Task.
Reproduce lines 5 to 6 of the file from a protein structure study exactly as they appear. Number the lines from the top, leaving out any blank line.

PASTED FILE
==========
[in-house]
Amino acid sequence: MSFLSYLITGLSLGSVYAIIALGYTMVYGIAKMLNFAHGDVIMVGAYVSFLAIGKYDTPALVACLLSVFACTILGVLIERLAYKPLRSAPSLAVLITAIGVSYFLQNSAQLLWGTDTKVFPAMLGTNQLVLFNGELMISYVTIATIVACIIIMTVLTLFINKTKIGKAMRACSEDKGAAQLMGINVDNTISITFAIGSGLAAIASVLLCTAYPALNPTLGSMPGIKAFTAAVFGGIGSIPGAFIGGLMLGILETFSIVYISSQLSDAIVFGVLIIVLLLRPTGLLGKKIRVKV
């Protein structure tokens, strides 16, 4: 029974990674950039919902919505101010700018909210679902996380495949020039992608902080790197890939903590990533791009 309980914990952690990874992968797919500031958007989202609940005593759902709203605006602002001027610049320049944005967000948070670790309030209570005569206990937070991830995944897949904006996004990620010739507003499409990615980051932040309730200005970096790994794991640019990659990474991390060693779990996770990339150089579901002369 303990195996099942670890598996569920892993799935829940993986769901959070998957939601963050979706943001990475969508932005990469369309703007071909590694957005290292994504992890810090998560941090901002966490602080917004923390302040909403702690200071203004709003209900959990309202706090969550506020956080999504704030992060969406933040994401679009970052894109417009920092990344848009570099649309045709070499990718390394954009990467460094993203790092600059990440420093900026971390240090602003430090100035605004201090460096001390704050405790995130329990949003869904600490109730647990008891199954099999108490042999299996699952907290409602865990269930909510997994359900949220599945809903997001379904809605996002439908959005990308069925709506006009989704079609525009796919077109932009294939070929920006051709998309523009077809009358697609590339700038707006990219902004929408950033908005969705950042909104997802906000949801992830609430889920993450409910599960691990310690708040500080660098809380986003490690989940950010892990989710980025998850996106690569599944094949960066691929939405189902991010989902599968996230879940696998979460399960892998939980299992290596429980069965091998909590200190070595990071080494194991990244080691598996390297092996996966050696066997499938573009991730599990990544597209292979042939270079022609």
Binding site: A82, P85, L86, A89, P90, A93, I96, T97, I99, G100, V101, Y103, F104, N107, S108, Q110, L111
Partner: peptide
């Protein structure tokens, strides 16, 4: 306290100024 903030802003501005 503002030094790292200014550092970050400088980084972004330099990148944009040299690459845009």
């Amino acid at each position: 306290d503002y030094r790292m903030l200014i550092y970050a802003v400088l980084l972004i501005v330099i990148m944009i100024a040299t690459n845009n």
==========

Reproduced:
Partner: peptide
């Protein structure tokens, strides 16, 4: 306290100024 903030802003501005 503002030094790292200014550092970050400088980084972004330099990148944009040299690459845009």